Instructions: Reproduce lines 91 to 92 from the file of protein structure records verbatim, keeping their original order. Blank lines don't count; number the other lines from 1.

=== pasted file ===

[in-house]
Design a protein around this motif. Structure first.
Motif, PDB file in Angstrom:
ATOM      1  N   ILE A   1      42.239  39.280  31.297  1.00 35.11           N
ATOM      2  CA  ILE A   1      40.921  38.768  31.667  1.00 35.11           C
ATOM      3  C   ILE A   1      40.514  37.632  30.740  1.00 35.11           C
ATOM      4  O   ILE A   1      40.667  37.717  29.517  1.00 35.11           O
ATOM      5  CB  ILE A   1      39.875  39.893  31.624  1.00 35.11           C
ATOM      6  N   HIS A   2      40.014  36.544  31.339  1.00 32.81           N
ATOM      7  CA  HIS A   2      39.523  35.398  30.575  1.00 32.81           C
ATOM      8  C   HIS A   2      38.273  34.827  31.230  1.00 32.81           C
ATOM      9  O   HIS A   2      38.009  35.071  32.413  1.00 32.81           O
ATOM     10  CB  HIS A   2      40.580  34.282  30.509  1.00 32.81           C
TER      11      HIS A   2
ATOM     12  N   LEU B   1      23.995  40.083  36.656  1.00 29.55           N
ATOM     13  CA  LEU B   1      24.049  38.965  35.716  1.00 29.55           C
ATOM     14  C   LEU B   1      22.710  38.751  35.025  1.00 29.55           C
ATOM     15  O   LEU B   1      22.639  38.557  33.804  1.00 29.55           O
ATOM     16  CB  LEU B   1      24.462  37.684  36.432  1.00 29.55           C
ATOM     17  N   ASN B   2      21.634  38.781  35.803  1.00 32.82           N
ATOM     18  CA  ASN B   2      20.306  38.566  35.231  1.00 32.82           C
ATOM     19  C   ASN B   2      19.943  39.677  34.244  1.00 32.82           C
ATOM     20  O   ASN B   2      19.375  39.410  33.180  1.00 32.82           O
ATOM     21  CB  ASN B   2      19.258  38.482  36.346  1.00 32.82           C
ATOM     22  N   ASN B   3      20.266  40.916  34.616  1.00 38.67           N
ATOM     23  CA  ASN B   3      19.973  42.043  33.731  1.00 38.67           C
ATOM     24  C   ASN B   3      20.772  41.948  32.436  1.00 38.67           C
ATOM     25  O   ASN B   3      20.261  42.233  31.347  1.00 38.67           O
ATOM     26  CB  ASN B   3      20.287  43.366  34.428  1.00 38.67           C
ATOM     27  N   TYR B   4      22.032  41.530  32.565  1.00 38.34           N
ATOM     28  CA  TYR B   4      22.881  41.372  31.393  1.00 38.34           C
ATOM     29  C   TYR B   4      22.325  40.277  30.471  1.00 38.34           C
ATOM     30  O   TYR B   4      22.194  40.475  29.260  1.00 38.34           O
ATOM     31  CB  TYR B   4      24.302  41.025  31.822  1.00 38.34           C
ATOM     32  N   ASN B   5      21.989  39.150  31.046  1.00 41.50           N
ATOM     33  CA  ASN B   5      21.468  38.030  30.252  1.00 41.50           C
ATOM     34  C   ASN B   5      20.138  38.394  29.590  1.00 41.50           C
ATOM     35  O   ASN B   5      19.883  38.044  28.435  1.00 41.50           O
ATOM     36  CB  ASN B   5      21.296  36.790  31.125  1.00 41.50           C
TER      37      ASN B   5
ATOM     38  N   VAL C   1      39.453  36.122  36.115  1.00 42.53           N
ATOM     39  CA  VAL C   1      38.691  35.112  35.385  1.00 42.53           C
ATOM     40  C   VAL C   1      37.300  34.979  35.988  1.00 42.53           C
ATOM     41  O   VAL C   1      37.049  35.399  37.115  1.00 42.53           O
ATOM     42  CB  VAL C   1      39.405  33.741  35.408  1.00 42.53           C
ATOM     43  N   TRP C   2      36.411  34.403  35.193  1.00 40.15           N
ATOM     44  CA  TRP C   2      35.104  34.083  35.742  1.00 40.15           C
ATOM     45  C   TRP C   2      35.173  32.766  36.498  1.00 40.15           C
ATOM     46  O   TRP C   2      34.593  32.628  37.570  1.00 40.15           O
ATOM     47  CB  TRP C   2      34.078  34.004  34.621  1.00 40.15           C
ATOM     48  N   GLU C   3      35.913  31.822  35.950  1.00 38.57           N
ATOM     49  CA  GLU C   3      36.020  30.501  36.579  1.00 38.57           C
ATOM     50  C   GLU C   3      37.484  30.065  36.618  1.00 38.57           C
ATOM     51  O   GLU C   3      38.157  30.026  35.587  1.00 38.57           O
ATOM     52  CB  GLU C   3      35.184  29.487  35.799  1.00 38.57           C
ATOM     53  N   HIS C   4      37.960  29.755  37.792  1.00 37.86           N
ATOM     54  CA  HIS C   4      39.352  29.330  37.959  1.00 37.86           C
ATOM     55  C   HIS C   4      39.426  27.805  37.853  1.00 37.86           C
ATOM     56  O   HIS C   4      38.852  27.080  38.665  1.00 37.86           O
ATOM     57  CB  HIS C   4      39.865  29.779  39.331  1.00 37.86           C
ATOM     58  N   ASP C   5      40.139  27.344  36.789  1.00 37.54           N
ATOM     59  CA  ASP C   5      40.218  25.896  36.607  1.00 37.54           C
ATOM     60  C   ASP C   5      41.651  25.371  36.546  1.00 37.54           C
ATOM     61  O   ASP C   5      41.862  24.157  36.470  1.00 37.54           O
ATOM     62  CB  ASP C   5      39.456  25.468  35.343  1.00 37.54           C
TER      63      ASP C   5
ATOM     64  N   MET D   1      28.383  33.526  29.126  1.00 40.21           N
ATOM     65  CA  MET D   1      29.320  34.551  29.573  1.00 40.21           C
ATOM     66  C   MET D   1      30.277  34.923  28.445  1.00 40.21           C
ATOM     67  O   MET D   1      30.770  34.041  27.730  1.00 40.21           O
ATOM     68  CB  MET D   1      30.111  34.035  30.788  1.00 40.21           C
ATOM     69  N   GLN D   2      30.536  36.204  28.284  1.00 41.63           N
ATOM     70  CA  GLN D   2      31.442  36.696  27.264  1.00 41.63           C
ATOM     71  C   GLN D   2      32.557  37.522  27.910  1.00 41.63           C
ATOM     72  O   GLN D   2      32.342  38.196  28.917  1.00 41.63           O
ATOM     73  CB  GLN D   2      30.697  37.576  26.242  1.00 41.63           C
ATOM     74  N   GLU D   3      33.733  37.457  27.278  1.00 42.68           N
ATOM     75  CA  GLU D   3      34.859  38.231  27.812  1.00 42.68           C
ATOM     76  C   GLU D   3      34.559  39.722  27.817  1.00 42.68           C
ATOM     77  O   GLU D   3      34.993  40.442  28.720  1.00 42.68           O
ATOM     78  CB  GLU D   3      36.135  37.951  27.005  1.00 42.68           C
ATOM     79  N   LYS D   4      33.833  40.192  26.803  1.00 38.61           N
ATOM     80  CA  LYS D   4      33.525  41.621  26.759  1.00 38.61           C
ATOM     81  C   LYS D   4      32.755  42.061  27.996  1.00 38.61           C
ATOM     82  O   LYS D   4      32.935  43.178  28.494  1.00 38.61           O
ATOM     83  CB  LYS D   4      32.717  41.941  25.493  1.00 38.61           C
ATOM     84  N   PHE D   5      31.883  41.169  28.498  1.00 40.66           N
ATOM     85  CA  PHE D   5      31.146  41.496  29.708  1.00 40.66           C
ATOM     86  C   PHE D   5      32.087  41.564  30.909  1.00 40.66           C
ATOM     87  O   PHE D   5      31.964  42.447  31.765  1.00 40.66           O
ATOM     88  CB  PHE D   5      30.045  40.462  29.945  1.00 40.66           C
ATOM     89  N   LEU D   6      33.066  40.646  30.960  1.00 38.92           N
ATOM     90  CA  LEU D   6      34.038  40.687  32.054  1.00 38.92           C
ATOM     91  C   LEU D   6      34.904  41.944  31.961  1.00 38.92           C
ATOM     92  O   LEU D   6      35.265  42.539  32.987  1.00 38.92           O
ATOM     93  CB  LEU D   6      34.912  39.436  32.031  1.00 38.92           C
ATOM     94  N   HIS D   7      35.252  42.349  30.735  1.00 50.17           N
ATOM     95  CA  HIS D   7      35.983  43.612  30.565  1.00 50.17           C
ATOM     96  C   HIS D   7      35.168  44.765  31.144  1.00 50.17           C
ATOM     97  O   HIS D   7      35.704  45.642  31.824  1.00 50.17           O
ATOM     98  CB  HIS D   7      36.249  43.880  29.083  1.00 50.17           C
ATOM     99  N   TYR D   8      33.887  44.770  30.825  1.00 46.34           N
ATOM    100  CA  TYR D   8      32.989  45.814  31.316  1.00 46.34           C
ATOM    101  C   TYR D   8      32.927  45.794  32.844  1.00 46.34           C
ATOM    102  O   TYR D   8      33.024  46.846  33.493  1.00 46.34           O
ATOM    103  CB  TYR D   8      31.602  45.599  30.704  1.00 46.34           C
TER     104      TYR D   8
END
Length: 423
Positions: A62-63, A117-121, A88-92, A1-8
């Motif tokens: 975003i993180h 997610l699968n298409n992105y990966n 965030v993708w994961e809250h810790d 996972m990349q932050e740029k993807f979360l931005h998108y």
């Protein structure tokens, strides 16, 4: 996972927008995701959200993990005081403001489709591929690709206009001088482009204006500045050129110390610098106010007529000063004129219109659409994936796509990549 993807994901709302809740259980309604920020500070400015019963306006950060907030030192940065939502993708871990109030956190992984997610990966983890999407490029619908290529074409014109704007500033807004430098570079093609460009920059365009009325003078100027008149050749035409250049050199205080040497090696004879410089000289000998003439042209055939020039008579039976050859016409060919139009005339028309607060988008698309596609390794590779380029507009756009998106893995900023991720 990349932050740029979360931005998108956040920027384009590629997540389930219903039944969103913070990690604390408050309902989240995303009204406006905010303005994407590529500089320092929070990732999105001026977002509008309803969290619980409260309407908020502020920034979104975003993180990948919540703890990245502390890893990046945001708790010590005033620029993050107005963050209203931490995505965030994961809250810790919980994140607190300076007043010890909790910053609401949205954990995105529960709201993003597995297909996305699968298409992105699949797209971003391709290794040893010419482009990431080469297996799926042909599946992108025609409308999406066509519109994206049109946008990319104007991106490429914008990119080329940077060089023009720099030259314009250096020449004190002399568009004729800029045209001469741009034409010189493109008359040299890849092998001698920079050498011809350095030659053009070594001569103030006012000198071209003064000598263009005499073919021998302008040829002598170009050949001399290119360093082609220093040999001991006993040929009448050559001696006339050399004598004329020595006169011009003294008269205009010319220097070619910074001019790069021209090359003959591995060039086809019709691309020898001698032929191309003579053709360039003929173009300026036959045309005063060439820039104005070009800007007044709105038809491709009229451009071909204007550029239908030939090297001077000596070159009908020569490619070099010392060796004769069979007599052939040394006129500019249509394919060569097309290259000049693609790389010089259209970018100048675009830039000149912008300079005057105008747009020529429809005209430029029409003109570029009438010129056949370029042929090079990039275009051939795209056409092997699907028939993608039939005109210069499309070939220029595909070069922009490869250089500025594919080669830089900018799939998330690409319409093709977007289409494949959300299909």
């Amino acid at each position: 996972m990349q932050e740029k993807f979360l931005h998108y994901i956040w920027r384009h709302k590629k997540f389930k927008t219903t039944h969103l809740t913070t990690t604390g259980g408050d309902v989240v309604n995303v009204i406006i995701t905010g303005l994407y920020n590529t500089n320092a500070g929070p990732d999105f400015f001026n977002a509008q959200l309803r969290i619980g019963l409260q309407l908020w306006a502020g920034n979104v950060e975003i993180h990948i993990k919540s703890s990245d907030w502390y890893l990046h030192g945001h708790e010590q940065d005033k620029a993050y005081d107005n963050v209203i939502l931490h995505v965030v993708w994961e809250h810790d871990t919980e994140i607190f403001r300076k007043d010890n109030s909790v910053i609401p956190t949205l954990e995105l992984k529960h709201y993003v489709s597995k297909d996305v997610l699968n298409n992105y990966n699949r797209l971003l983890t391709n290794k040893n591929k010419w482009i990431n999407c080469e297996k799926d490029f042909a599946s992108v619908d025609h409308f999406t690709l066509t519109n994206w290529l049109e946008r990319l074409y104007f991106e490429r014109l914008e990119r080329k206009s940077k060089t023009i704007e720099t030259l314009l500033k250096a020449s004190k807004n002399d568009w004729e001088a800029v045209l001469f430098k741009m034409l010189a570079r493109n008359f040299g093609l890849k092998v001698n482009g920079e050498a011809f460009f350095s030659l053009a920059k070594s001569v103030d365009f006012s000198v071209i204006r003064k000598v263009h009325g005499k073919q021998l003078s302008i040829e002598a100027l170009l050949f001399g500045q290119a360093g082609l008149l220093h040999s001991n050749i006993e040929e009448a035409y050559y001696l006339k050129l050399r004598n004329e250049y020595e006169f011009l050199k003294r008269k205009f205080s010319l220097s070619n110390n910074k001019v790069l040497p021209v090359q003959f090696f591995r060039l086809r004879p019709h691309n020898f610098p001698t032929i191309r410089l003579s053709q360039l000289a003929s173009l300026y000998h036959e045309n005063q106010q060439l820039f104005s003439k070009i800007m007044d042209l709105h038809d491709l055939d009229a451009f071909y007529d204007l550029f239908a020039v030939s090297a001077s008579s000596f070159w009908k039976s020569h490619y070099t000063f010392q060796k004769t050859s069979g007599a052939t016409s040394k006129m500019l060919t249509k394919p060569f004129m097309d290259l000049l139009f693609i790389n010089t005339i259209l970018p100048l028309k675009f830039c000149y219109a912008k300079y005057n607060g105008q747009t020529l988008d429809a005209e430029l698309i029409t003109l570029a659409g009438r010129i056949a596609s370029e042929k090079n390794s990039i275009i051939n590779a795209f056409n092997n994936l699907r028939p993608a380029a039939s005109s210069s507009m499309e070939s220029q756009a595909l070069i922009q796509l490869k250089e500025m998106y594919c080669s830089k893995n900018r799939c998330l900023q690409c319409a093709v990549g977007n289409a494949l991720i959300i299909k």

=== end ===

ATOM     88  CB  PHE D   5      30.045  40.462  29.945  1.00 40.66           C
ATOM     89  N   LEU D   6      33.066  40.646  30.960  1.00 38.92           N